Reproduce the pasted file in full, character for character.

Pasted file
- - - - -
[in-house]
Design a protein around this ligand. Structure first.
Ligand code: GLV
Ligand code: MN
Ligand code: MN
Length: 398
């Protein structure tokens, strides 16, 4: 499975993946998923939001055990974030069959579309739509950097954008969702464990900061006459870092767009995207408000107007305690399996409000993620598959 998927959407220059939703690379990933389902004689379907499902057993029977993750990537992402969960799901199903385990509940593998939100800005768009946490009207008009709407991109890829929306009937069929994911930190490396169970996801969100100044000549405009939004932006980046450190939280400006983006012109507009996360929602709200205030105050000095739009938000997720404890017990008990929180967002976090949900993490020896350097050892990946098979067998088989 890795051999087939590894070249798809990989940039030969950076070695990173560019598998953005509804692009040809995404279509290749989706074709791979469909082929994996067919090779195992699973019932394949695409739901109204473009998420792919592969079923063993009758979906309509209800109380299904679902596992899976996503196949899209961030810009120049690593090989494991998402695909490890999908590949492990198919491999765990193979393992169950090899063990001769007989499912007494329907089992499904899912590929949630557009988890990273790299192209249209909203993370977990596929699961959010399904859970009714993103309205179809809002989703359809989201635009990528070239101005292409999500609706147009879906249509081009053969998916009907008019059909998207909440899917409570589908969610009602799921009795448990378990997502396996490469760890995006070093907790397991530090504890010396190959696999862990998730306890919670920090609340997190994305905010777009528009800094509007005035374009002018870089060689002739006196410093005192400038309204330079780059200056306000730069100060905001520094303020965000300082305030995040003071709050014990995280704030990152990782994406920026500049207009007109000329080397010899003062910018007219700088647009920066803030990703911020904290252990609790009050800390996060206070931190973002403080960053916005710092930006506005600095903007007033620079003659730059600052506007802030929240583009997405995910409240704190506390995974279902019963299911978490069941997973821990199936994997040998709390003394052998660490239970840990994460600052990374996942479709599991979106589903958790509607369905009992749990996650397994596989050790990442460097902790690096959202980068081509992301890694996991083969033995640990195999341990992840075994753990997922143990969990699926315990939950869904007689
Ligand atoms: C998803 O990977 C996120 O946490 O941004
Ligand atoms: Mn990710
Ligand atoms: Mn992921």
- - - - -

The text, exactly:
[in-house]
Design a protein around this ligand. Structure first.
Ligand code: GLV
Ligand code: MN
Ligand code: MN
Length: 398
């Protein structure tokens, strides 16, 4: 499975993946998923939001055990974030069959579309739509950097954008969702464990900061006459870092767009995207408000107007305690399996409000993620598959 998927959407220059939703690379990933389902004689379907499902057993029977993750990537992402969960799901199903385990509940593998939100800005768009946490009207008009709407991109890829929306009937069929994911930190490396169970996801969100100044000549405009939004932006980046450190939280400006983006012109507009996360929602709200205030105050000095739009938000997720404890017990008990929180967002976090949900993490020896350097050892990946098979067998088989 890795051999087939590894070249798809990989940039030969950076070695990173560019598998953005509804692009040809995404279509290749989706074709791979469909082929994996067919090779195992699973019932394949695409739901109204473009998420792919592969079923063993009758979906309509209800109380299904679902596992899976996503196949899209961030810009120049690593090989494991998402695909490890999908590949492990198919491999765990193979393992169950090899063990001769007989499912007494329907089992499904899912590929949630557009988890990273790299192209249209909203993370977990596929699961959010399904859970009714993103309205179809809002989703359809989201635009990528070239101005292409999500609706147009879906249509081009053969998916009907008019059909998207909440899917409570589908969610009602799921009795448990378990997502396996490469760890995006070093907790397991530090504890010396190959696999862990998730306890919670920090609340997190994305905010777009528009800094509007005035374009002018870089060689002739006196410093005192400038309204330079780059200056306000730069100060905001520094303020965000300082305030995040003071709050014990995280704030990152990782994406920026500049207009007109000329080397010899003062910018007219700088647009920066803030990703911020904290252990609790009050800390996060206070931190973002403080960053916005710092930006506005600095903007007033620079003659730059600052506007802030929240583009997405995910409240704190506390995974279902019963299911978490069941997973821990199936994997040998709390003394052998660490239970840990994460600052990374996942479709599991979106589903958790509607369905009992749990996650397994596989050790990442460097902790690096959202980068081509992301890694996991083969033995640990195999341990992840075994753990997922143990969990699926315990939950869904007689
Ligand atoms: C998803 O990977 C996120 O946490 O941004
Ligand atoms: Mn990710
Ligand atoms: Mn992921």